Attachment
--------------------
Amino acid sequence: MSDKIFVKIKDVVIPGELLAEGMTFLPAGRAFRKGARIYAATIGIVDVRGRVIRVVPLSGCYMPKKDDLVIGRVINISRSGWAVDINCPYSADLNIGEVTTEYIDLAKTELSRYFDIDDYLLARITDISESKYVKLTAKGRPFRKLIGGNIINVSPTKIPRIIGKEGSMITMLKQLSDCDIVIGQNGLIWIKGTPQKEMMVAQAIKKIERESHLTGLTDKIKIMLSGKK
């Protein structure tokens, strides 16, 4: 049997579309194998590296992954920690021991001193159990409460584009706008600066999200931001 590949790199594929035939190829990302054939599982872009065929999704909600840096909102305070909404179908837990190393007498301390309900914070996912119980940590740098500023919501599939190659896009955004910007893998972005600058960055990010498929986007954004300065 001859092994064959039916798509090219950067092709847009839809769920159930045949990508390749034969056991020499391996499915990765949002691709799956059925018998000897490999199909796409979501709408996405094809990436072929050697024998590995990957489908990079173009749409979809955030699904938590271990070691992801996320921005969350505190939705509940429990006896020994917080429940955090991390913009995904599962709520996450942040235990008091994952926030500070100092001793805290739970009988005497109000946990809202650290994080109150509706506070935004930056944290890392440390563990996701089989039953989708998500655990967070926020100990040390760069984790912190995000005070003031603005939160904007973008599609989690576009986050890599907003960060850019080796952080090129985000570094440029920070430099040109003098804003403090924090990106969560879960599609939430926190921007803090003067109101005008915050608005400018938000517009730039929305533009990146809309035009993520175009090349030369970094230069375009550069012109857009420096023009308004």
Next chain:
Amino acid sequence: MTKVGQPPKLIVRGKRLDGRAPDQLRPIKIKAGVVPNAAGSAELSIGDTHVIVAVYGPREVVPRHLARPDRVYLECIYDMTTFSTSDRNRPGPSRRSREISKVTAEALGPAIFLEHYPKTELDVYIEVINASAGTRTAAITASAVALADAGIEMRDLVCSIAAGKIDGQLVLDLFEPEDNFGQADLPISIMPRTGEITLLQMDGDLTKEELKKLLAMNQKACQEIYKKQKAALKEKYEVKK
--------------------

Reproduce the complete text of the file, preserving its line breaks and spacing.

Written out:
Amino acid sequence: MSDKIFVKIKDVVIPGELLAEGMTFLPAGRAFRKGARIYAATIGIVDVRGRVIRVVPLSGCYMPKKDDLVIGRVINISRSGWAVDINCPYSADLNIGEVTTEYIDLAKTELSRYFDIDDYLLARITDISESKYVKLTAKGRPFRKLIGGNIINVSPTKIPRIIGKEGSMITMLKQLSDCDIVIGQNGLIWIKGTPQKEMMVAQAIKKIERESHLTGLTDKIKIMLSGKK
């Protein structure tokens, strides 16, 4: 049997579309194998590296992954920690021991001193159990409460584009706008600066999200931001 590949790199594929035939190829990302054939599982872009065929999704909600840096909102305070909404179908837990190393007498301390309900914070996912119980940590740098500023919501599939190659896009955004910007893998972005600058960055990010498929986007954004300065 001859092994064959039916798509090219950067092709847009839809769920159930045949990508390749034969056991020499391996499915990765949002691709799956059925018998000897490999199909796409979501709408996405094809990436072929050697024998590995990957489908990079173009749409979809955030699904938590271990070691992801996320921005969350505190939705509940429990006896020994917080429940955090991390913009995904599962709520996450942040235990008091994952926030500070100092001793805290739970009988005497109000946990809202650290994080109150509706506070935004930056944290890392440390563990996701089989039953989708998500655990967070926020100990040390760069984790912190995000005070003031603005939160904007973008599609989690576009986050890599907003960060850019080796952080090129985000570094440029920070430099040109003098804003403090924090990106969560879960599609939430926190921007803090003067109101005008915050608005400018938000517009730039929305533009990146809309035009993520175009090349030369970094230069375009550069012109857009420096023009308004």
Next chain:
Amino acid sequence: MTKVGQPPKLIVRGKRLDGRAPDQLRPIKIKAGVVPNAAGSAELSIGDTHVIVAVYGPREVVPRHLARPDRVYLECIYDMTTFSTSDRNRPGPSRRSREISKVTAEALGPAIFLEHYPKTELDVYIEVINASAGTRTAAITASAVALADAGIEMRDLVCSIAAGKIDGQLVLDLFEPEDNFGQADLPISIMPRTGEITLLQMDGDLTKEELKKLLAMNQKACQEIYKKQKAALKEKYEVKK